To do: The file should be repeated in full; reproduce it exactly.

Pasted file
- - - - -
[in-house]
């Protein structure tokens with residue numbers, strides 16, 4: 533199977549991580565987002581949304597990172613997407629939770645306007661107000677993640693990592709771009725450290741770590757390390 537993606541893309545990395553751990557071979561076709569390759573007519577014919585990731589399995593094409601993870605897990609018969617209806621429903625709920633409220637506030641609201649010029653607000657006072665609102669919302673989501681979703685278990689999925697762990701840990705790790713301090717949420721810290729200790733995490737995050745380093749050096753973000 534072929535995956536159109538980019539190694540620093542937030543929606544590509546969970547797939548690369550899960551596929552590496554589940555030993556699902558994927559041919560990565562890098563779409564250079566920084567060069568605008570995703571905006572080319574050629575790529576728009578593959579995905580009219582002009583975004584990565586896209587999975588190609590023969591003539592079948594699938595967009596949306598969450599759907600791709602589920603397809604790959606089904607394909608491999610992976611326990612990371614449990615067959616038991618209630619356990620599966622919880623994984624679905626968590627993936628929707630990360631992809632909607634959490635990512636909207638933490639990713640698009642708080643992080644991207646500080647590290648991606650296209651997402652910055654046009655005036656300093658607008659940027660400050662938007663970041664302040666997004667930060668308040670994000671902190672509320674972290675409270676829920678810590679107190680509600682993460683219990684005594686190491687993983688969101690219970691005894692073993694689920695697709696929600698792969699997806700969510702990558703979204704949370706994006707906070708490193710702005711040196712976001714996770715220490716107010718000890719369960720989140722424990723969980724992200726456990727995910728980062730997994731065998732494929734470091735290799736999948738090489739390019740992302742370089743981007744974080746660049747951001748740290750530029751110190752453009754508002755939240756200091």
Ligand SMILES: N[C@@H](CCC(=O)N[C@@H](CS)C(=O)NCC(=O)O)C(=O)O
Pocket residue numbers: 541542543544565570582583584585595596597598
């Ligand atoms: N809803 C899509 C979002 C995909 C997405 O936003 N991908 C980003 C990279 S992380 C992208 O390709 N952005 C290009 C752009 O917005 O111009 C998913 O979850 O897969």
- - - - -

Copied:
[in-house]
């Protein structure tokens with residue numbers, strides 16, 4: 533199977549991580565987002581949304597990172613997407629939770645306007661107000677993640693990592709771009725450290741770590757390390 537993606541893309545990395553751990557071979561076709569390759573007519577014919585990731589399995593094409601993870605897990609018969617209806621429903625709920633409220637506030641609201649010029653607000657006072665609102669919302673989501681979703685278990689999925697762990701840990705790790713301090717949420721810290729200790733995490737995050745380093749050096753973000 534072929535995956536159109538980019539190694540620093542937030543929606544590509546969970547797939548690369550899960551596929552590496554589940555030993556699902558994927559041919560990565562890098563779409564250079566920084567060069568605008570995703571905006572080319574050629575790529576728009578593959579995905580009219582002009583975004584990565586896209587999975588190609590023969591003539592079948594699938595967009596949306598969450599759907600791709602589920603397809604790959606089904607394909608491999610992976611326990612990371614449990615067959616038991618209630619356990620599966622919880623994984624679905626968590627993936628929707630990360631992809632909607634959490635990512636909207638933490639990713640698009642708080643992080644991207646500080647590290648991606650296209651997402652910055654046009655005036656300093658607008659940027660400050662938007663970041664302040666997004667930060668308040670994000671902190672509320674972290675409270676829920678810590679107190680509600682993460683219990684005594686190491687993983688969101690219970691005894692073993694689920695697709696929600698792969699997806700969510702990558703979204704949370706994006707906070708490193710702005711040196712976001714996770715220490716107010718000890719369960720989140722424990723969980724992200726456990727995910728980062730997994731065998732494929734470091735290799736999948738090489739390019740992302742370089743981007744974080746660049747951001748740290750530029751110190752453009754508002755939240756200091």
Ligand SMILES: N[C@@H](CCC(=O)N[C@@H](CS)C(=O)NCC(=O)O)C(=O)O
Pocket residue numbers: 541542543544565570582583584585595596597598
């Ligand atoms: N809803 C899509 C979002 C995909 C997405 O936003 N991908 C980003 C990279 S992380 C992208 O390709 N952005 C290009 C752009 O917005 O111009 C998913 O979850 O897969």